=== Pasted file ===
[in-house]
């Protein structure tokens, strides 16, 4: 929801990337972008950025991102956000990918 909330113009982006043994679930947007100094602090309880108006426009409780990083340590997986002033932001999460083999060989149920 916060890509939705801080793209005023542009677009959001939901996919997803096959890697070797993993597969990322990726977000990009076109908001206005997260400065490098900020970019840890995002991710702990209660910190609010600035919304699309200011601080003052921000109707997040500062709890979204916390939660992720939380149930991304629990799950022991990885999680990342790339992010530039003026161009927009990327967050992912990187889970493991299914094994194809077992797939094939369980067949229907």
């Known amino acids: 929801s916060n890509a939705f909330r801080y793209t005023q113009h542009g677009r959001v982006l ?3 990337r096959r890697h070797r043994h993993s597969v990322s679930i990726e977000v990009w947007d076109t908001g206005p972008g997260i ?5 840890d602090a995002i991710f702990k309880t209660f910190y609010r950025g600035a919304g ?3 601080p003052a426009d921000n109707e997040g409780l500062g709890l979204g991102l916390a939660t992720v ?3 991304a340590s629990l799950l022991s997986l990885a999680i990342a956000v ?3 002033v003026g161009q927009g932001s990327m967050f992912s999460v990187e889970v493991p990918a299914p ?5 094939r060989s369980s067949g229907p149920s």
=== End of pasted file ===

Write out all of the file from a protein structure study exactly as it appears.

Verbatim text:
[in-house]
């Protein structure tokens, strides 16, 4: 929801990337972008950025991102956000990918 909330113009982006043994679930947007100094602090309880108006426009409780990083340590997986002033932001999460083999060989149920 916060890509939705801080793209005023542009677009959001939901996919997803096959890697070797993993597969990322990726977000990009076109908001206005997260400065490098900020970019840890995002991710702990209660910190609010600035919304699309200011601080003052921000109707997040500062709890979204916390939660992720939380149930991304629990799950022991990885999680990342790339992010530039003026161009927009990327967050992912990187889970493991299914094994194809077992797939094939369980067949229907």
């Known amino acids: 929801s916060n890509a939705f909330r801080y793209t005023q113009h542009g677009r959001v982006l ?3 990337r096959r890697h070797r043994h993993s597969v990322s679930i990726e977000v990009w947007d076109t908001g206005p972008g997260i ?5 840890d602090a995002i991710f702990k309880t209660f910190y609010r950025g600035a919304g ?3 601080p003052a426009d921000n109707e997040g409780l500062g709890l979204g991102l916390a939660t992720v ?3 991304a340590s629990l799950l022991s997986l990885a999680i990342a956000v ?3 002033v003026g161009q927009g932001s990327m967050f992912s999460v990187e889970v493991p990918a299914p ?5 094939r060989s369980s067949g229907p149920s």